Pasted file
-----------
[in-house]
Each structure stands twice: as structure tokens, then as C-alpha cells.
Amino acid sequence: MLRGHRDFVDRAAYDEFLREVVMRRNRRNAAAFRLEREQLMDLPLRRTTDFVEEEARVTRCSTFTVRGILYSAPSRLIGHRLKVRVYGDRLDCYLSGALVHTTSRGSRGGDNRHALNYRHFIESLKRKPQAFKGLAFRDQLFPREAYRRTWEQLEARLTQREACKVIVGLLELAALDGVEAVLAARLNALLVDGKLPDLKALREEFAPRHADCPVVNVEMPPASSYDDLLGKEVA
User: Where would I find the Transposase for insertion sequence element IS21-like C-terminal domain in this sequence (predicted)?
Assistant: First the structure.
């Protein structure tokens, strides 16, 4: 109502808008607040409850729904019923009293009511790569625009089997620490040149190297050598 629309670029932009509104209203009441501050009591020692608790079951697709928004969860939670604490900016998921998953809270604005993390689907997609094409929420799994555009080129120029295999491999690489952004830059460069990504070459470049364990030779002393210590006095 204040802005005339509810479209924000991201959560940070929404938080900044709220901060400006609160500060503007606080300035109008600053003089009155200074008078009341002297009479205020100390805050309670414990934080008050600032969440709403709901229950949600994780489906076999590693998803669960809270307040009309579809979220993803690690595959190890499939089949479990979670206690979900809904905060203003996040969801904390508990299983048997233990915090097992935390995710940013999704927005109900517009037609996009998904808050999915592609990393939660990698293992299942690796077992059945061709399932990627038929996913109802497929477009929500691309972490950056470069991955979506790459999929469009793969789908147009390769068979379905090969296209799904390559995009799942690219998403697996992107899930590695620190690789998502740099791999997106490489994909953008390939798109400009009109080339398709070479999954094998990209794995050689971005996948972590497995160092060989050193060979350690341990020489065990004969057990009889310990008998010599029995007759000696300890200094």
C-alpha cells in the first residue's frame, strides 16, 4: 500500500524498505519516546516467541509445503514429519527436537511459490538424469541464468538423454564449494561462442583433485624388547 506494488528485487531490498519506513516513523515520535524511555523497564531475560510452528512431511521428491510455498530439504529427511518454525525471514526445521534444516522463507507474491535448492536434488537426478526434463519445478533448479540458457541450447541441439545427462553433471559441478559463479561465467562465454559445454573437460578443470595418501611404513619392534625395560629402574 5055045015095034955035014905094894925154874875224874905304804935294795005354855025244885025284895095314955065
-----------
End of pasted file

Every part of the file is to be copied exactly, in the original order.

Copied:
[in-house]
Each structure stands twice: as structure tokens, then as C-alpha cells.
Amino acid sequence: MLRGHRDFVDRAAYDEFLREVVMRRNRRNAAAFRLEREQLMDLPLRRTTDFVEEEARVTRCSTFTVRGILYSAPSRLIGHRLKVRVYGDRLDCYLSGALVHTTSRGSRGGDNRHALNYRHFIESLKRKPQAFKGLAFRDQLFPREAYRRTWEQLEARLTQREACKVIVGLLELAALDGVEAVLAARLNALLVDGKLPDLKALREEFAPRHADCPVVNVEMPPASSYDDLLGKEVA
User: Where would I find the Transposase for insertion sequence element IS21-like C-terminal domain in this sequence (predicted)?
Assistant: First the structure.
């Protein structure tokens, strides 16, 4: 109502808008607040409850729904019923009293009511790569625009089997620490040149190297050598 629309670029932009509104209203009441501050009591020692608790079951697709928004969860939670604490900016998921998953809270604005993390689907997609094409929420799994555009080129120029295999491999690489952004830059460069990504070459470049364990030779002393210590006095 204040802005005339509810479209924000991201959560940070929404938080900044709220901060400006609160500060503007606080300035109008600053003089009155200074008078009341002297009479205020100390805050309670414990934080008050600032969440709403709901229950949600994780489906076999590693998803669960809270307040009309579809979220993803690690595959190890499939089949479990979670206690979900809904905060203003996040969801904390508990299983048997233990915090097992935390995710940013999704927005109900517009037609996009998904808050999915592609990393939660990698293992299942690796077992059945061709399932990627038929996913109802497929477009929500691309972490950056470069991955979506790459999929469009793969789908147009390769068979379905090969296209799904390559995009799942690219998403697996992107899930590695620190690789998502740099791999997106490489994909953008390939798109400009009109080339398709070479999954094998990209794995050689971005996948972590497995160092060989050193060979350690341990020489065990004969057990009889310990008998010599029995007759000696300890200094």
C-alpha cells in the first residue's frame, strides 16, 4: 500500500524498505519516546516467541509445503514429519527436537511459490538424469541464468538423454564449494561462442583433485624388547 506494488528485487531490498519506513516513523515520535524511555523497564531475560510452528512431511521428491510455498530439504529427511518454525525471514526445521534444516522463507507474491535448492536434488537426478526434463519445478533448479540458457541450447541441439545427462553433471559441478559463479561465467562465454559445454573437460578443470595418501611404513619392534625395560629402574 5055045015095034955035014905094894925154874875224874905304804935294795005354855025244885025284895095314955065